The County is Orange But Many Jobs Are Green
Most of our legislators dispute climate-change science, many of our residents drive big gas guzzlers and the environmentalism of many of our "environmentalists" does not extend beyond their own communities.
And yet, Orange County is a national leader when it comes to green jobs, according to new data.
Many Shades of Green: Diversity and Distribution of California's Green Jobs, a report released by the nonpartisan Next 10 and Collaborative Economics that is the most comprehensive green jobs accounting to date, finds Orange County had 18,000 total green jobs in 2008. Along with Los Angeles and Ventura counties, which had 40,000 green jobs from 1995 to '08, OC is considered one of California's top green transportation regions.
The data revealed these Orange County trends:
*Green transportation jobs grew a whopping 1,875 percent, including the areas concerning alternative fuels, motor vehicles and equipment.
* Energy generation jobs grew by 176 percent.
* Energy efficiency jobs increased by 78 percent.
LA trends include:
* Energy-generation jobs grew 35 percent.
* Energy-efficiency jobs grew 77 percent.
* Green-transportation jobs grew 29 percent.
Statewide, between 1995-2008:
* Green businesses increased 45 percent.
* Green jobs grew 36 percent while total jobs in the state grew only 13 percent.
* Green jobs are growing faster than the overall economy in rural areas with smaller economic bases.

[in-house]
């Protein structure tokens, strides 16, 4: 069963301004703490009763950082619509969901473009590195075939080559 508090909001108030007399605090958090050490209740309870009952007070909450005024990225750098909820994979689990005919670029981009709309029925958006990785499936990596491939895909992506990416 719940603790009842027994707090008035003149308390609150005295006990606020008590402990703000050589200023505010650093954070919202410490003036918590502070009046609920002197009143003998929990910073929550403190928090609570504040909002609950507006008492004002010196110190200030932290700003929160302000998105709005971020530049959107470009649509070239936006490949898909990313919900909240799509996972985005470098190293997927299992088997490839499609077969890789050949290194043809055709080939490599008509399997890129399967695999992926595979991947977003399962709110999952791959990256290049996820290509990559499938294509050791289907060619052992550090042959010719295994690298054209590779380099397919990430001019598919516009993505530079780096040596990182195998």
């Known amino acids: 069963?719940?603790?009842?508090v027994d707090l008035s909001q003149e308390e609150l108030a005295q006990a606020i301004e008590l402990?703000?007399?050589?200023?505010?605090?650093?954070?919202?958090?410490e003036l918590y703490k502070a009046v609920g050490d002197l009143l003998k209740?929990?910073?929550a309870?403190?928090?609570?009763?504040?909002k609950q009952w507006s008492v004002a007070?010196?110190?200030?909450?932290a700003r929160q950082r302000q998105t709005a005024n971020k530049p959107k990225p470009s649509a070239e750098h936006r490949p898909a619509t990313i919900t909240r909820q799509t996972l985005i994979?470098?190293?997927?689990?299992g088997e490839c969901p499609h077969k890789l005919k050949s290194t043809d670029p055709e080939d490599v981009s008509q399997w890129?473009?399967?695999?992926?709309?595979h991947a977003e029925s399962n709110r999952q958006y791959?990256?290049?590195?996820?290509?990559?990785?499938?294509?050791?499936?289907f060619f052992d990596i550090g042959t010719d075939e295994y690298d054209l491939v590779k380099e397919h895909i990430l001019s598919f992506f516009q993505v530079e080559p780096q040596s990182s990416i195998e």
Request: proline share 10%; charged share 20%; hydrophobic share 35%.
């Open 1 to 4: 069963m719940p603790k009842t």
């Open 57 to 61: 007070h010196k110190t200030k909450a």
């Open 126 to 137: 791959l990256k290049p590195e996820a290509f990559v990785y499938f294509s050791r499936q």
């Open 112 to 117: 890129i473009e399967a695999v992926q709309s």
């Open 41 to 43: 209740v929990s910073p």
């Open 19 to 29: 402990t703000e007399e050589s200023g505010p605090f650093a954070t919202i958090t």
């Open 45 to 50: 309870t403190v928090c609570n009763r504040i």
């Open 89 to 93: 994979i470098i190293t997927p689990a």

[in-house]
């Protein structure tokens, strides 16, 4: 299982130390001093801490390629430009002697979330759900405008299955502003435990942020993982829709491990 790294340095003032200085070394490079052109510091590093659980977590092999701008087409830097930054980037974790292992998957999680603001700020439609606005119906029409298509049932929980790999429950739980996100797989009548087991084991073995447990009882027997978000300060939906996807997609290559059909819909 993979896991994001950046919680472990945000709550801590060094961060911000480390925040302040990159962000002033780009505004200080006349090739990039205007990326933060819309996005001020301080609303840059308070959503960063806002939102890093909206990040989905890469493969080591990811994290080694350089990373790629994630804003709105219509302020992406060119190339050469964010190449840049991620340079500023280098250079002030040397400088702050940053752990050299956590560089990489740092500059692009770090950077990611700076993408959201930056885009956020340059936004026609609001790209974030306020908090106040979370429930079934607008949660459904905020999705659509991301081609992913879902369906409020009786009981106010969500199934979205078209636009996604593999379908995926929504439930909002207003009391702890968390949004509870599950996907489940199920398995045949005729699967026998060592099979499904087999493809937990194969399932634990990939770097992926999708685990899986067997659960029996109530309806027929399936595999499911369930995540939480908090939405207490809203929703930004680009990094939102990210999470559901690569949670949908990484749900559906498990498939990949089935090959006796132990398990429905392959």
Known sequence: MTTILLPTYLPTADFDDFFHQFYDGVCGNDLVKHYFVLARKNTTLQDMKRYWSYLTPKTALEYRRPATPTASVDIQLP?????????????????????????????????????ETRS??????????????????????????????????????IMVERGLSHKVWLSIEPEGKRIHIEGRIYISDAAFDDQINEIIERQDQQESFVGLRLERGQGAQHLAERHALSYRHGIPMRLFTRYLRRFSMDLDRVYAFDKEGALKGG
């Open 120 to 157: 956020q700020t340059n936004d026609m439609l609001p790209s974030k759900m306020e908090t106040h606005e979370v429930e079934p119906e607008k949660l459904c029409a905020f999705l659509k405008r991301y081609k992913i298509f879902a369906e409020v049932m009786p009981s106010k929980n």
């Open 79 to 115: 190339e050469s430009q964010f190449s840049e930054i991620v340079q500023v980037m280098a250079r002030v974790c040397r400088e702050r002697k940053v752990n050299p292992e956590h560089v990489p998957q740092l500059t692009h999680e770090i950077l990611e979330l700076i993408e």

* Services accounted for 45 percent of green jobs, with environmental consulting taking the biggest share.
* Manufacturing represents 21 percent of green jobs and it has grown by 19 percent, while manufacturing represents only 11 percent of all California jobs.
* Air and environment is the largest green segment in the state, with nearly 43,000 jobs.
* Energy generation jobs expanded 61 percent from 1995 to 2008, with solar making up the largest portion.
"Data show that green sector businesses are taking root across every region of California, generating jobs across a wide spectrum of skill levels and earnings potential," said F. Noel Perry, founder of Next 10. "While green jobs clearly cannot solve the state's current unemployment challenges, over time these jobs could become a growing portion of total jobs in California."
Download the full report here.
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